Do’s and Don’ts for a Healthy Coat of Paint

By Anna Barton

They say ‘never judge a book by its cover’ but when you are in your ride, out on the street this quote could not be more irrelevant. Because guess what, a car is judged by its exterior.

Can you imagine what it would be like to drive a car that has more scratches than paint on its body?

Do you not secretly wish that your car gets admiring looks on the road?

If you do then here are some tips for you to keep your car shining all year long:


Dos and Don’ts for a Healthy Coat of Paint


Dress Code

DON’T wear jewelry, watches, belt, necklaces or anything that can leave a scratch when you are washing the car.

DO wear clothes that are comfortable for moving around. Also prefer those that don’t have snaps or metal zippers so that when you stretch upwards along the side to clean the roof, there’s no scratch that is left behind.


Car Wash

DON’T procrastinate washing your car. If your car goes too long without a wash the dirt, bird droppings, tree sap and all the paint spoilers will secretly conspire to put to waste your car’s exterior. The paint will chip off from many corners and the restoration job will go beyond your capability.

DO buy all the things you need to restore your car to its original glory. These things can include polisher, pads, pad cleaner, microfiber towels, soft brushes, shampoo, follow-up wax, automotive-specific glass cleaners, paint sealant etc.

DON’T for heaven’s sake use a dish detergent. Dish detergents are extremely hard soaps and should be confined to the kitchen to get the oil and carbon off utensils.

DO try using baby shampoo for getting rid of the bird shit on your paint. Do not be under the impression that if it’s so gentle that it’s used on babies, it wouldn’t perform well against these nasty misdoings of birds.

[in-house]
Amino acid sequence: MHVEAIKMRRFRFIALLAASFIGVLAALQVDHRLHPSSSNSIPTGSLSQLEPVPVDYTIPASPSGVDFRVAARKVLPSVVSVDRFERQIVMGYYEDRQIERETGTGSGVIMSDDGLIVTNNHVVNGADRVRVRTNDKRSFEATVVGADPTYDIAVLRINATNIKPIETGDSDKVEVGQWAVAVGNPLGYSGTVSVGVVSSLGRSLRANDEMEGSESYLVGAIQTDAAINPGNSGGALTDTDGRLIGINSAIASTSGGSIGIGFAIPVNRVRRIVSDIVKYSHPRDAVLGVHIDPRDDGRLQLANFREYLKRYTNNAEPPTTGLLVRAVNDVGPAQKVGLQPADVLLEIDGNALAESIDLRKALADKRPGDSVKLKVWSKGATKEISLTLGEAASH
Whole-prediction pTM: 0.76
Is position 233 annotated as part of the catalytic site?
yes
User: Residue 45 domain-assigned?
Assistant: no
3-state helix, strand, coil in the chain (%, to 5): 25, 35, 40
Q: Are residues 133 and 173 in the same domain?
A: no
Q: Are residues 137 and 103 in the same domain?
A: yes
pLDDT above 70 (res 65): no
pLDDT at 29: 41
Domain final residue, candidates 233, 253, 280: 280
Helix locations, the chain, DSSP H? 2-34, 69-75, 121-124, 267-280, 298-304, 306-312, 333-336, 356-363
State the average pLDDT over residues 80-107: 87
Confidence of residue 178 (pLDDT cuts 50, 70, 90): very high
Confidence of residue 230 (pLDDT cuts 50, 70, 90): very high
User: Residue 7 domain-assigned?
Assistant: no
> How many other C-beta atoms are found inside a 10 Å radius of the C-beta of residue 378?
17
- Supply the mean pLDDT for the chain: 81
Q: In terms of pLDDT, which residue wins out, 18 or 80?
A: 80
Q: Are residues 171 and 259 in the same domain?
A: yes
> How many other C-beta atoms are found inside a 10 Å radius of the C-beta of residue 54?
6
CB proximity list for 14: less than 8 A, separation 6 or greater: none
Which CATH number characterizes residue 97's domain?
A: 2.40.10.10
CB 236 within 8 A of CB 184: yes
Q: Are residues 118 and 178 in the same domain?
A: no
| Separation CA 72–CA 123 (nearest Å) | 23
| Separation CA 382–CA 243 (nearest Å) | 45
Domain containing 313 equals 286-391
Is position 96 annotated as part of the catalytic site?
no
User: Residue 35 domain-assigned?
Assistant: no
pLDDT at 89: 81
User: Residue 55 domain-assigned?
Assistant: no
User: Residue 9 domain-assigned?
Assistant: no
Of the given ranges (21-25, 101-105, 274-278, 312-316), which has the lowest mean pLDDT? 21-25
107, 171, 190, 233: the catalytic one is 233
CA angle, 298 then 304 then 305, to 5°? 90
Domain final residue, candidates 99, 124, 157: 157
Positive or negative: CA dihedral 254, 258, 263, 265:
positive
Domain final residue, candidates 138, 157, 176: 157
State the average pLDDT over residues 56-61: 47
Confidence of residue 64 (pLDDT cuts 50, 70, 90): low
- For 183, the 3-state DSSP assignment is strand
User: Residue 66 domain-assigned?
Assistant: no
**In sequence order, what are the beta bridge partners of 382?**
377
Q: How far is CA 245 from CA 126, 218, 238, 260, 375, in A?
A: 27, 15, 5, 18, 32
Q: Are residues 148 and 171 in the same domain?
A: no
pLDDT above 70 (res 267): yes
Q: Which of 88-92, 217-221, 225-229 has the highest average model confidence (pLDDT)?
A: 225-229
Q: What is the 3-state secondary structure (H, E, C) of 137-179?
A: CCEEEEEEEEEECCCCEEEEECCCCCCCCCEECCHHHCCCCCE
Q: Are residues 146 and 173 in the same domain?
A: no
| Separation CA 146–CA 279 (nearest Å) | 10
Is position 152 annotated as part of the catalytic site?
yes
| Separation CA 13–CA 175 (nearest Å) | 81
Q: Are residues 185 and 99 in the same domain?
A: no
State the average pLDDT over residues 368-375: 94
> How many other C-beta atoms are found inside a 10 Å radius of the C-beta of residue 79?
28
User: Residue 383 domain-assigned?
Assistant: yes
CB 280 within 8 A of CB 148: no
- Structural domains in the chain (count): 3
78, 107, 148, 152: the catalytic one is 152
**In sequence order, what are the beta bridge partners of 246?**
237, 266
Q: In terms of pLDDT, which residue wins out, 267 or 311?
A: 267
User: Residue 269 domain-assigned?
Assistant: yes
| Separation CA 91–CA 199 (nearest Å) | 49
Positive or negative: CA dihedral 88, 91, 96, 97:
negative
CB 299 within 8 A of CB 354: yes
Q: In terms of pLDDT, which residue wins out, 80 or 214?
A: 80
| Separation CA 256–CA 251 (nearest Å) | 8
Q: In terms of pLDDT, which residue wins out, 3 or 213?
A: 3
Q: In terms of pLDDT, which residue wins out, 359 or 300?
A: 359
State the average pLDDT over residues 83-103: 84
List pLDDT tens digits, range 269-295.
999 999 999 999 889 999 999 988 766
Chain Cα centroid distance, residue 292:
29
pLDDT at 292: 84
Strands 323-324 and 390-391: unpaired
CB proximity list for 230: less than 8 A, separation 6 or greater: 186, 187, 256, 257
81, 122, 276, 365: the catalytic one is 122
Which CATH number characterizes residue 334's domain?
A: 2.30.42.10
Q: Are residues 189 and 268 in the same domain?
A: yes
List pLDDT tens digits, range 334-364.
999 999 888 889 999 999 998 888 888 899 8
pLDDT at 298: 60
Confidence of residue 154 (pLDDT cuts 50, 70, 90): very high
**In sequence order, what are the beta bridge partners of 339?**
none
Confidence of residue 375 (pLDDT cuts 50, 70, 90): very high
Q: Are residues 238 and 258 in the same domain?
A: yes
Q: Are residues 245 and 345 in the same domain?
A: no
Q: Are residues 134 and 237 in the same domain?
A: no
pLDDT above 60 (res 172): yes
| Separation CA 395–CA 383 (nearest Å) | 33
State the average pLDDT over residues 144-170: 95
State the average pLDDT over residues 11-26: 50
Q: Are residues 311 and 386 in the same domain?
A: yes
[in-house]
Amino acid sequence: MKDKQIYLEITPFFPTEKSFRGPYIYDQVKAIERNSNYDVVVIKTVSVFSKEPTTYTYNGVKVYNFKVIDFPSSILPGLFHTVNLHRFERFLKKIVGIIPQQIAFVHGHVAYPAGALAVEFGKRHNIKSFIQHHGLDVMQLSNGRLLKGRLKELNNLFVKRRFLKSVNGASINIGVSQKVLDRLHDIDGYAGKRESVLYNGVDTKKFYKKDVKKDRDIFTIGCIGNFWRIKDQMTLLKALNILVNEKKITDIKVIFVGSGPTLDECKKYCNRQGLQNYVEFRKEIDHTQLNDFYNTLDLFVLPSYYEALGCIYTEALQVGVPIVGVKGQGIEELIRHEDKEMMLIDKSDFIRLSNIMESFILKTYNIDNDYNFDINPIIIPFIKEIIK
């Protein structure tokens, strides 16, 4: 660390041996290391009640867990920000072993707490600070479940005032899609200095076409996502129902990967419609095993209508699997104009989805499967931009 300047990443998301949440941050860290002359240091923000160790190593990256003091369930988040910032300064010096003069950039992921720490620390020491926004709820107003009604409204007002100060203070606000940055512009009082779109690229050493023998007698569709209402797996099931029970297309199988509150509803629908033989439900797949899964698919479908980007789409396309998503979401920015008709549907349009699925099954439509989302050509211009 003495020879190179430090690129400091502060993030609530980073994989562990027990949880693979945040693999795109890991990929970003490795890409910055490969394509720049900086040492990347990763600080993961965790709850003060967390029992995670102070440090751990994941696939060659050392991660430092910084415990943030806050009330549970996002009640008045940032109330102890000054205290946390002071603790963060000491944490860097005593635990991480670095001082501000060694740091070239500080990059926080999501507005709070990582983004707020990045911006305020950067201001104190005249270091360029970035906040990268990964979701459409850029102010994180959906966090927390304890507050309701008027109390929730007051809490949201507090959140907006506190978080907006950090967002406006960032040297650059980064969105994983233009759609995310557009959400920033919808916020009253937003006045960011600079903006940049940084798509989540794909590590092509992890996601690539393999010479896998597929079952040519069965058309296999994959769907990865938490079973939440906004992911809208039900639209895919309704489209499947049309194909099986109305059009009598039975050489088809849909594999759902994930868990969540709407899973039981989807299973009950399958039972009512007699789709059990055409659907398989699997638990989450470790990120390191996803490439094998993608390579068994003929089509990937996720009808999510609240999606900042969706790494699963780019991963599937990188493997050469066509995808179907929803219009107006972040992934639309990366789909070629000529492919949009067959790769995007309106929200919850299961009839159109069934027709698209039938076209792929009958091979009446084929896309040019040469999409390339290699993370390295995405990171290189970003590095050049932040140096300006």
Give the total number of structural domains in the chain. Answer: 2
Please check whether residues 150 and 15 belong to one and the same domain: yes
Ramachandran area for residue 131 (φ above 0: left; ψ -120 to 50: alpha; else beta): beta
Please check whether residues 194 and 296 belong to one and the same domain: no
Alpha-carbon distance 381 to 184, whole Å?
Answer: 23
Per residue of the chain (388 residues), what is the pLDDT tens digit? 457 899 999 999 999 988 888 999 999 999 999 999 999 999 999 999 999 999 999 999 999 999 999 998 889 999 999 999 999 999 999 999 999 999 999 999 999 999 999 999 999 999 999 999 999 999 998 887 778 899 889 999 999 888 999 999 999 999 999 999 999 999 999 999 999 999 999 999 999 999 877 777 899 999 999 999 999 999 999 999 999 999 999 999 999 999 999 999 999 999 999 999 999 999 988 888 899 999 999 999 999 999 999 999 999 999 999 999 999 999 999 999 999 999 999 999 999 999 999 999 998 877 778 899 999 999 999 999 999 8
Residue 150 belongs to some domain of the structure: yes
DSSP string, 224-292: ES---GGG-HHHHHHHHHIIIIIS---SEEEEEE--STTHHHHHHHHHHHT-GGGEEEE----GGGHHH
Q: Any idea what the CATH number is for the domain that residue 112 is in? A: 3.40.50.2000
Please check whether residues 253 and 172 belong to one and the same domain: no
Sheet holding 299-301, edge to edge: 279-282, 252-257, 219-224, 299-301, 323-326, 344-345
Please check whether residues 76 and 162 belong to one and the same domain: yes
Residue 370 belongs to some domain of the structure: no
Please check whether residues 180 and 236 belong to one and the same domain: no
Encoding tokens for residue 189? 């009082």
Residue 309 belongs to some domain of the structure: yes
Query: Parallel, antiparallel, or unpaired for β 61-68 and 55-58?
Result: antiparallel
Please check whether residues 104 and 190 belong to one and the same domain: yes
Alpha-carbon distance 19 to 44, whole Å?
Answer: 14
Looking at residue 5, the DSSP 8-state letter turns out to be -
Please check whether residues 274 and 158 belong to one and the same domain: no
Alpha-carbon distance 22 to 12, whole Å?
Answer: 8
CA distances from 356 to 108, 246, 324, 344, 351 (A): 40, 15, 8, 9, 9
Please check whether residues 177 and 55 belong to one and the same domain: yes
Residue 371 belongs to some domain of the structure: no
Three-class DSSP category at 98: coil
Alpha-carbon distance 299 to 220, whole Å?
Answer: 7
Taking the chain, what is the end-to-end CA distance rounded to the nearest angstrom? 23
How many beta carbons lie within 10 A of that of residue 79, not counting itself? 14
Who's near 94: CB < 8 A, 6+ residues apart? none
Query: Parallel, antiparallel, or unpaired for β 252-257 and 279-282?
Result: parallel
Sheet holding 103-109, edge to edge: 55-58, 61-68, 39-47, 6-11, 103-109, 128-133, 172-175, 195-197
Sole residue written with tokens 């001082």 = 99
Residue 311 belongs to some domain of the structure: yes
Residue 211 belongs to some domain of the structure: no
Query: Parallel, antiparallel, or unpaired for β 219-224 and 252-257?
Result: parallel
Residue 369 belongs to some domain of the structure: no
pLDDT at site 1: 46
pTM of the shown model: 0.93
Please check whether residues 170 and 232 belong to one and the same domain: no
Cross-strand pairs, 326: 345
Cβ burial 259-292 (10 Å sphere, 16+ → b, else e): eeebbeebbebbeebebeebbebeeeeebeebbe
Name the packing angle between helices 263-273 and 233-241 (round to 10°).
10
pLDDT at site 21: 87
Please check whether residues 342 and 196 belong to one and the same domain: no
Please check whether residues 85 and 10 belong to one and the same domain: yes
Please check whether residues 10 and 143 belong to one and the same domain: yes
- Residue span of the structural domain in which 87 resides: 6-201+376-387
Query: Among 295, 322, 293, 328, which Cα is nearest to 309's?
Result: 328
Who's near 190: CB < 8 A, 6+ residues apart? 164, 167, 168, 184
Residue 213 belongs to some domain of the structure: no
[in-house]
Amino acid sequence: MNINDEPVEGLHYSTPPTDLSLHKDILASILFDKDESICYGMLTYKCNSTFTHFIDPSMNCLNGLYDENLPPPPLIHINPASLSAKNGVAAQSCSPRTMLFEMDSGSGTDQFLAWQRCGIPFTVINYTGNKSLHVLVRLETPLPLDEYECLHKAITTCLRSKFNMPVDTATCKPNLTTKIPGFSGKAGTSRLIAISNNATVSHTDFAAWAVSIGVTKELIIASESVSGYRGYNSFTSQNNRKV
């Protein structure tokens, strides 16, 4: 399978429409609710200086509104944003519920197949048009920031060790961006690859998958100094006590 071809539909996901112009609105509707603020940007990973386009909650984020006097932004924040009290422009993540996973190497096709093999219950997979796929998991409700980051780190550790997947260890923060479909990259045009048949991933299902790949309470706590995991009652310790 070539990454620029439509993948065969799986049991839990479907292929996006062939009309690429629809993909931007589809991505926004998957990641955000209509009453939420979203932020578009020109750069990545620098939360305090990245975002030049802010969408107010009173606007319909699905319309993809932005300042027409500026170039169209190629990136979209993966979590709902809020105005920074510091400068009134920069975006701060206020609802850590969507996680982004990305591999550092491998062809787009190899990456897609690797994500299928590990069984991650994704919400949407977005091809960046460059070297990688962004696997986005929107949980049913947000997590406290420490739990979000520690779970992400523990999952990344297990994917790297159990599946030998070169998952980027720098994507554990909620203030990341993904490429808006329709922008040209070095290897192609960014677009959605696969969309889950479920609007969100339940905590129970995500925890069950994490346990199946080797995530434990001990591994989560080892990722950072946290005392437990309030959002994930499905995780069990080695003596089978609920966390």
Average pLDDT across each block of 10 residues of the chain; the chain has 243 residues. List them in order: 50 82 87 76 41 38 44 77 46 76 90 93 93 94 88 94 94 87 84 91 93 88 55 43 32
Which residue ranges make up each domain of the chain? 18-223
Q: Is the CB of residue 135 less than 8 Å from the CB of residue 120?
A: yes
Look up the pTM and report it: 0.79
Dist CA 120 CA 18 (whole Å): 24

DON’T let the baby shampoo dry on the car’s surface. Leaving it unwashed can result in faded patches of paint.



DO read the products’ usage instructions carefully. Use it in its optimum quantity and exactly the way it’s meant to be used. They often contain valuable advice regarding how to make the maximum out of these products. They also specify the amount of time for which the product should be left on the paint so as to achieve the best results.

DON’T use products that have gone unused well beyond their date of best before. Such liquids can become corrosive when their chemicals become old.




DON’T start first with the wheels. When washing anything it is always better to adopt a top down approach. If you wash the wheels first they will again get dirtied when you wash the upper body of the car. With all the dust and grime coming down again onto the wheels you will be required to wash them again, which simply means double work.

DO buy a cleaner which is best suited for the material of your wheels. Compared to anodized aluminum, chrome requires a harsher cleaner and wheels that are clear-coated may need a product that goes soft on the coating. Cleaning the dust that gets accumulated on the brakes is a job in itself and therefore you might need a long handled brush. It is also a good idea to apply Wheel Wax after you’ve cleaned and dried a wheel and polish it off only when it hazes over.



Dos and Don’ts for a Healthy Coat of Paint


DON’T blast your car with a jet stream of water with this hope that it will knock off all the dirt and grime on the surface. It can make your job easier but you may still need to use soap.

DO use the required amount of water only. Using too little water will not let soap do its job and on the other hand using too much of water will wash away the soap before it has done its work.



DON’T rub the towels in a manner that it leaves streaks on your car’s paint. It may not be visible from a distance and only those who look closely will be able to notice it but your heart knows the truth and it will not forgive you for a long time.

DO a major portion of the drying job using towels. Towels should only be used for absorbing liquids as it isn’t made to rub and scrub a surface. When you wish to dry your car simply place the towel on the car’s surface and press down upon it. Remember not to scrub it across as it can leave streaks. Use multiple towels and repeat the process several times until the car is completely dry.